Secretary of State John Kerry called the Islamic Republic of Iran’s efforts in Iraq “helpful,” CNN reported June 28. Kerry further claimed the U.S. and Iran “have a common interest” in Iraq.
Kerry’s comments come days after the Iraqi government claimed to have fully liberated the city of Fallujah from the Islamic State. Iranian-backed forces, and even Iranian generals, were a central part of the effort to retake the predominantly Sunni city.
The Iraqi government’s decision to retake Fallujah at this time represents the colossal influence of Iran over an ostensible U.S. ally. Colonel Steve Warren, spokesman for the U.S. led Anti-ISIS coalition, told reporters May 14 there is “no military reason” to take retake Fallujah at this time. The Institute for the Study of War pointed out that retaking Fallujah was much more in the interest of Iran because the city, “is relevant to the security of Shi’a populations and a de-facto likely forward line of Iranian-backed troops.”
The U.S. has long prioritized retaking Mosul over any other ISIS held city in Iraq, for symbolic reasons and to cut the so called “caliphate” in half from its power-base in Syria. The U.S. backed Iraqi government’s turn to Iranian priorities raises troubling questions for the future of Iraq. The U.S. desires a multi-ethnic unified Iraq, while Iran wants a reliable Shiite proxy state. If Iran pressures Baghdad to continue oppressing Sunnis in Iraq, it may create the same resentment that gave rise to ISIS. Countless experts of expressed anxiety over such a dynamic becoming reality.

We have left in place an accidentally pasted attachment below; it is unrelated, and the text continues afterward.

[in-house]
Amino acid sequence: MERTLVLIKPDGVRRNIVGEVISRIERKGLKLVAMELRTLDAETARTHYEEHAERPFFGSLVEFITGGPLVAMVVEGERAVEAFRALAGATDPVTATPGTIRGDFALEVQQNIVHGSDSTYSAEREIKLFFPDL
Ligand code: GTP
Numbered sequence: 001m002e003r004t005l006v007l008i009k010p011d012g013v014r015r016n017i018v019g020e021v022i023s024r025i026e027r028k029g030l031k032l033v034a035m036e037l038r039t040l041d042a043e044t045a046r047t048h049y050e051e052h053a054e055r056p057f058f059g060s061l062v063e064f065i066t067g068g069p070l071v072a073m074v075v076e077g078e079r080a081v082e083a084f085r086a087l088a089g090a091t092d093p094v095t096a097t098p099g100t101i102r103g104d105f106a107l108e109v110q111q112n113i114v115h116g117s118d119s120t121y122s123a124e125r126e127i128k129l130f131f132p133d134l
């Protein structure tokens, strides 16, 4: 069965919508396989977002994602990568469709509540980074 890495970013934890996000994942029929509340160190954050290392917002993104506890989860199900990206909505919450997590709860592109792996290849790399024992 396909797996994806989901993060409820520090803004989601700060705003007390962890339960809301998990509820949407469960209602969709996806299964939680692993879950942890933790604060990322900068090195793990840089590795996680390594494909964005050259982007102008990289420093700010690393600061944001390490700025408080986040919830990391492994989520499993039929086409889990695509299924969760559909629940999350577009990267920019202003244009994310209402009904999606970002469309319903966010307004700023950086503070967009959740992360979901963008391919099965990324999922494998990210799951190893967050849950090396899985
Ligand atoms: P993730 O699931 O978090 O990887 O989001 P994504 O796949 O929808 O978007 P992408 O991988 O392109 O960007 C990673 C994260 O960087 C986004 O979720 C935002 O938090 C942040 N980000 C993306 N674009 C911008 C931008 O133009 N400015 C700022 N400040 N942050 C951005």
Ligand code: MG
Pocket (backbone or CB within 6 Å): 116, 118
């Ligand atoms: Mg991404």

President Obama’s own special envoy to defeat ISIS, Brett McGurk admitted to CNN, between 15-20% of these Iranian backed militias “are a fundamental problem.” Iranian-backed militias have no goal other than full scale Shiite domination in the future Iraq. These militias have well documented records of massacring Sunni civilians, and during the U.S. occupation of Iraq they were responsible for a large percentage of U.S. casualties.
Marine Gen. Joseph Dunford, Chairman of the Joint Chiefs of Staff, told Congress a year ago, “I know the total number of soldiers, sailors, airmen and Marines that were killed by Iranian activities, and the number has been recently quoted as about 500.”
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